Drinking milk and malt combo won’t boost blood volume – Nutritionist

Beatrice Ogunba, a professor of public health nutrition at Obafemi Awolowo University in Ile-Ife, Osun State, says there is no scientific evidence to back up some Nigerians’ claims that mixing malt and milk increases blood volume.
Many people, she claims, believe that drinking malt and peak milk increases blood volume, despite medical evidence to the contrary.

Prof. Ogunba, on the other hand, believes that because milk and malt are fortified with iron, calcium, and vitamins, they can provide nutrients to the body.
According to the nutritionist, the claim that drinking milk and malt increases blood flow in the body is unscientific.
“Milk is protein, and we have fortified milk with iron and calcium,” Prof. Ogunba explained. Some malts are also fortified with vitamins, so consuming them all will provide the body with nutrients.

“However, mixing milk and malt in the hopes of increasing blood volume is unrealistic. That is not supported by scientific evidence. I’ve heard of the concoction, and it’s primarily consumed by women. But in terms of iron delivery, I am certain because milk contains iron.”
She, on the other hand, urged Nigerians to eat a variety of foods in order to get all of the nutrients they require to stay healthy.

She also recommended that people who are at risk of anemia eat foods high in iron, such as vegetables and liver.
Hypovolemia is defined as a lack of blood volume, according to an online news portal called Verywellheath.
“There are clinical signs and symptoms of hypovolemia, but it’s possible to lose up to 30% of total circulatory volume before any signs or symptoms appear.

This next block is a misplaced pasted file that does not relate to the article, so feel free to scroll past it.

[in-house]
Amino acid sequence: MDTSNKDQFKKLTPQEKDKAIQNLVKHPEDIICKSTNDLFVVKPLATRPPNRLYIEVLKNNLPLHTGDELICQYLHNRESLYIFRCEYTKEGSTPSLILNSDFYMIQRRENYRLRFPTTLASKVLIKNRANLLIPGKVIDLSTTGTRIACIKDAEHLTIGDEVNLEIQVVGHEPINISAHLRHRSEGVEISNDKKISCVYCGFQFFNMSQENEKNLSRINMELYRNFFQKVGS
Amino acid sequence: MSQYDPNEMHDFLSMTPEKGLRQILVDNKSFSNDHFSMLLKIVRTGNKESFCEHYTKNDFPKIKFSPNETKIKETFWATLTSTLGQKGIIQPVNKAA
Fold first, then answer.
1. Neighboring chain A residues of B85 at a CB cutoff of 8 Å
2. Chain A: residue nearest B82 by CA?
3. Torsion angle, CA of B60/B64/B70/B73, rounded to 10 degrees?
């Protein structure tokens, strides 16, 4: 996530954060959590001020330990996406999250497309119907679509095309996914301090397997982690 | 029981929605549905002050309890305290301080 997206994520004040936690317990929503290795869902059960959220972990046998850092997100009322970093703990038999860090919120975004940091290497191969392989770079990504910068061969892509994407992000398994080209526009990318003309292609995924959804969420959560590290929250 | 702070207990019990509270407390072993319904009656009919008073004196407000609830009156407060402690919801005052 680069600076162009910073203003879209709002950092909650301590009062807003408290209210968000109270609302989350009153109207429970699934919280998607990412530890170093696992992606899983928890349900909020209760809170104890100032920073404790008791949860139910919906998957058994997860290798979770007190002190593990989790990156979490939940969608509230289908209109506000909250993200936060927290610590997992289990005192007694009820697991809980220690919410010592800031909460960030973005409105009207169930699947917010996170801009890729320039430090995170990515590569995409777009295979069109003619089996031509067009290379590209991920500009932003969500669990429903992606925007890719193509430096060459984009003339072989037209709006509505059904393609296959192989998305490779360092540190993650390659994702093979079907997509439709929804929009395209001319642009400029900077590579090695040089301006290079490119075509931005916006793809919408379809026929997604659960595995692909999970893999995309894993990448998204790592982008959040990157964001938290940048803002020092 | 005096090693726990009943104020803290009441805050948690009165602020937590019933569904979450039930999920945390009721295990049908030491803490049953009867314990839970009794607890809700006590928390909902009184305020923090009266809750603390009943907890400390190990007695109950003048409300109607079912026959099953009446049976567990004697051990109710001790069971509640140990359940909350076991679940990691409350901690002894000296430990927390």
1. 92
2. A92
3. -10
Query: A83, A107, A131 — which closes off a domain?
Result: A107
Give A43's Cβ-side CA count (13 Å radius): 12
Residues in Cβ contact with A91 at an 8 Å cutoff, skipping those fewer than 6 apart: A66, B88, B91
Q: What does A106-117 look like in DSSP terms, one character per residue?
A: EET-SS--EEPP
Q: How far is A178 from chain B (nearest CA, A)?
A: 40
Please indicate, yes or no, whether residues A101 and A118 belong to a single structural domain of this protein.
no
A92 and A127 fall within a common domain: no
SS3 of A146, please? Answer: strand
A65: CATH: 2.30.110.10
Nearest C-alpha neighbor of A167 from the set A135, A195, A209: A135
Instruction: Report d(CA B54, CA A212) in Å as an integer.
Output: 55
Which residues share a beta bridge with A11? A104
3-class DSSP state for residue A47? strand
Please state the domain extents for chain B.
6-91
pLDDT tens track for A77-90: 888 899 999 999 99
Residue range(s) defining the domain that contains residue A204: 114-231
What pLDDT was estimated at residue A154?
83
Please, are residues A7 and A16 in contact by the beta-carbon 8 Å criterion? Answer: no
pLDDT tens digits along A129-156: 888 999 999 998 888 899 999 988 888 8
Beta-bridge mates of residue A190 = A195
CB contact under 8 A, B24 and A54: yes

The body’s ability to adequately perfuse (fill) the tissues with blood, oxygen, and nutrients is harmed by a lack of volume, according to the study.
Poor eating habits, she claims, can lead to malnutrition and its associated health consequences, and that malnutrition in children and adults is caused by either underconsumption or overconsumption of appropriate foods.

She warned that aneamia could affect pregnant women, HIV-positive people, and people with chronic kidney disease, and urged them to eat well and from a variety of food groups.
“Your body produces more blood to support the growth of your baby during pregnancy,” according to Webmd, an online news portal. Your body might not be able to produce the amount of red blood cells it needs to make this extra blood if you don’t get enough iron or certain other nutrients.”

“When you’re pregnant, it’s normal to have mild anemia. However, you could have more severe anemia due to a lack of iron or vitamins, or for other reasons.
“Anaemia can make you feel tired and sluggish. If it is severe but not treated, it can lead to serious complications such as preterm delivery, according to WebMD.

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